There's a lot on in general. Tonight alone sees the hometown debut for Kody Neilson's new outfit Silicon and a benefit show for Auckland Action Against Poverty at Whammy featuring Tourettes, PCP Eagles and more, Goodshirt and Ha The Unclear, Randa and friends and Wellington's Terror of the Deep. Tomorrow night there's Heavy's all-ages album release show.

I suggest y'all consult the Under the Radar gig guide for your city and the New Zealand Music Month website, which has a really-hard-to-read event listing.


From the @SunRaUniverse Twitter account, which brightens every day. The original poster for the Space is the Place movie:

And from the Instagram account of weed_eagle, the original cassette of The Chills' The Lost EP. Fancy.

And this pretty, primitive poster from the past, found in Richard Langston's new Audioculture history of Dunedin's Empire Tavern.


Ooh! New She's So Rad (warm, deep bath of guitar version). 'Kick Out of Life' is from their forthcoming album Tango, out later this month via From the Crate in New Zealand and Muzai Records in Europe:

Ooh! New She's So Rad (disco console version). From the 12-track Breakout remix EP up now on Bandcamp, featuring versions from a bunch of people. It really sounds like they had fun on this record.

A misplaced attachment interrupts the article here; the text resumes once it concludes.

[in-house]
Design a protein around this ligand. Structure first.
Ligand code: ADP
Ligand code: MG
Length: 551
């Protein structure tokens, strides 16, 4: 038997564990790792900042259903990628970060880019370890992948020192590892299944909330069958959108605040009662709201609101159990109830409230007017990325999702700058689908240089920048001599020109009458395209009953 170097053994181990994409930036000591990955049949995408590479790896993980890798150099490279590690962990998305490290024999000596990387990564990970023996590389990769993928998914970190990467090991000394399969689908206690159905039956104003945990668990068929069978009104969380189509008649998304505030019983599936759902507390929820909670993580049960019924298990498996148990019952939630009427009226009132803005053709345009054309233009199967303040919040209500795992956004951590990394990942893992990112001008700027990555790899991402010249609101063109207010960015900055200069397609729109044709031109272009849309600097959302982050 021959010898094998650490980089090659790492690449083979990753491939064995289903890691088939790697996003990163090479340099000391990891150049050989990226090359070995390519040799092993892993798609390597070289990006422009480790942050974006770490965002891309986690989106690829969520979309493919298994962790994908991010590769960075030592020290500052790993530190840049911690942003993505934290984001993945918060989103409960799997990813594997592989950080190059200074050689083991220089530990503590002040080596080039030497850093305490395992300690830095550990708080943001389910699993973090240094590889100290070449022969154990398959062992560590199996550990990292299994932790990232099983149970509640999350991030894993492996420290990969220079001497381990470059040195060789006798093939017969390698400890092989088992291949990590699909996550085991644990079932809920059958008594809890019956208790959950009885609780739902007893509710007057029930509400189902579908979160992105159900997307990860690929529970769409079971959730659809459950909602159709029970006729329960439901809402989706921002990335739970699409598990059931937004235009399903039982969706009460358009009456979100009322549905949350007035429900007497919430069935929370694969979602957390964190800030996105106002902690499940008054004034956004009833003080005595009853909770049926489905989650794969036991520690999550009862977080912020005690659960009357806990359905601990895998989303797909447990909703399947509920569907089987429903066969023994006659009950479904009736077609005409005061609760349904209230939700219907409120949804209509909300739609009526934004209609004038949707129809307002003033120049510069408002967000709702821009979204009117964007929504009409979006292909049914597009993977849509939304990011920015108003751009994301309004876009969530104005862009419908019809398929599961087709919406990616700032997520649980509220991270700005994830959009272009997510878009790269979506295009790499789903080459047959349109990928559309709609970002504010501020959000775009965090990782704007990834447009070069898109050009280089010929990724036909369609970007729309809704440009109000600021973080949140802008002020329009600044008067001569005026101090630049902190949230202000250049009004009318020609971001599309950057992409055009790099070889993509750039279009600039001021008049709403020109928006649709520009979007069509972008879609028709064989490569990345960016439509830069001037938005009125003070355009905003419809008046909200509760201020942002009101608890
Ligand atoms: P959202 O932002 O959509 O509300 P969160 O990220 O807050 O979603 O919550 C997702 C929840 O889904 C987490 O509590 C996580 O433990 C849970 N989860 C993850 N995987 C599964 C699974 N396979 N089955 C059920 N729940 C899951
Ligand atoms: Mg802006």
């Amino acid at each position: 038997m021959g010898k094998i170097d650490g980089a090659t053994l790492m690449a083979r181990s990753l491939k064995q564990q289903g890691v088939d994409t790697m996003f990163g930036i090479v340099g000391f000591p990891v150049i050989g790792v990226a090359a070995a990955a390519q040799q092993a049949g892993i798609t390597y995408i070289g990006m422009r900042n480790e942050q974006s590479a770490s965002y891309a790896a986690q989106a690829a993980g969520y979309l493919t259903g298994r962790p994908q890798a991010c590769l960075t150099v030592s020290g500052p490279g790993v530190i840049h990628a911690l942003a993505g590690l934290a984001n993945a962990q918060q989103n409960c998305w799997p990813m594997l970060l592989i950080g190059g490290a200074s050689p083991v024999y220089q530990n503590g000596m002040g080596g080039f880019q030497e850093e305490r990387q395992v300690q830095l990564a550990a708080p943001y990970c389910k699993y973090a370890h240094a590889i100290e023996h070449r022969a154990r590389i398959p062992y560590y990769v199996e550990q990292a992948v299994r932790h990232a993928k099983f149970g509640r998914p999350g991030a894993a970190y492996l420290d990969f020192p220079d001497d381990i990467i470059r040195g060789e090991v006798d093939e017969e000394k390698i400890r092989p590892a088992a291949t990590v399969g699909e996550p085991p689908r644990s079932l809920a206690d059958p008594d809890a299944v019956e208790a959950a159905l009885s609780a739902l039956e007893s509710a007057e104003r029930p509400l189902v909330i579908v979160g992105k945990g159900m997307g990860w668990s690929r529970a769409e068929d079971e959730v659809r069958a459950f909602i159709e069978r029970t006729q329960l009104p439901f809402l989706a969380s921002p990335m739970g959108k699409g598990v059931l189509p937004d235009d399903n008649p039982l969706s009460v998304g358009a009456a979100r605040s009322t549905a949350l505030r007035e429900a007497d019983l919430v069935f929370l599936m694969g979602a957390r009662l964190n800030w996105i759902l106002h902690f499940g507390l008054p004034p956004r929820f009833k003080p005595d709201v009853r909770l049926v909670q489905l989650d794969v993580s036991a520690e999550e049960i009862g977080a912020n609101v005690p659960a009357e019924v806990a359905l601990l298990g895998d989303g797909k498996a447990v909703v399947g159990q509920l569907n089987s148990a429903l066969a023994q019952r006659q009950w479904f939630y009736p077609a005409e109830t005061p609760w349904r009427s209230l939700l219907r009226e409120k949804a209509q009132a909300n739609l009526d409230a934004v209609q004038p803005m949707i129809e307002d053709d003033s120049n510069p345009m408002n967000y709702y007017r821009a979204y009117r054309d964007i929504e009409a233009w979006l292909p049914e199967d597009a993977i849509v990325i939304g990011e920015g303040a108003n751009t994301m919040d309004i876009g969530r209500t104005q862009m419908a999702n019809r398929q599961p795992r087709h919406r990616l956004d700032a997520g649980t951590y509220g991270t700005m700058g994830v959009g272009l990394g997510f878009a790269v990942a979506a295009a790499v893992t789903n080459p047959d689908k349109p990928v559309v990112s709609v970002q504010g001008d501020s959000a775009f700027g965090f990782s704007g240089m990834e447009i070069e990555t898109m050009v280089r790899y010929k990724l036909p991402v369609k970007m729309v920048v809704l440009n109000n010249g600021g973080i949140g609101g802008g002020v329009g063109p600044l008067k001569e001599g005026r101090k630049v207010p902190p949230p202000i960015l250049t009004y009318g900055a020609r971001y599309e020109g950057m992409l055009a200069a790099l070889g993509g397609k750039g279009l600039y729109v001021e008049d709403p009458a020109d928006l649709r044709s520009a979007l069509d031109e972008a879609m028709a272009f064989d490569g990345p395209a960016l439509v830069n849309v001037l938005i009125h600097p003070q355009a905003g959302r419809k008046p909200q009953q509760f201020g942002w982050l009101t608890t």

Onehunga's Spycc, whose last outing was with High Hoops, teams up this time with David Dallas. Free download:

Ahead of tomorrow's big hooley at the St James, Weird Together have posted a track from their recent live sets, sampling the great Jamaican poet Mutabaruka. Free download:

On TheAudience, this impressive new track from Wellington-based Felix III, aka Felix Mpunga. It's a free download if you click through. There's a Martyn Pepperell profile to go with it:

And the "sexual hypno drone" of Instant Fantasy, profiled here by Hannah McGowan:

And, finally, Bill Brewster's freaky funk-rock rarities for The Quietus. Top-notch YouTube crate-digging.


The Hard News Music Post is sponsored by:



Behind Baltimore

Away here at the bottom of the world, we have been experiencing this week's tumult in Baltimore, Maryland, in the modern way: through the real-time thrill, outrage and fuzzy context of live tweeting, brutal images and shaky Periscope streams.

It is worth taking a step back from the spectacle and thinking about how and why Freddie Gray was arrested then bundled into a police van where his spine was broken. If the actual means of his death was unusual, his death in police custody was less so – and his arrest for essentially no reason was just the daily reality of America's drug war.

David Simon, the former Baltimore Sun reporter who went on to create The Wire, explained it this week in an interview with The Marshall Project: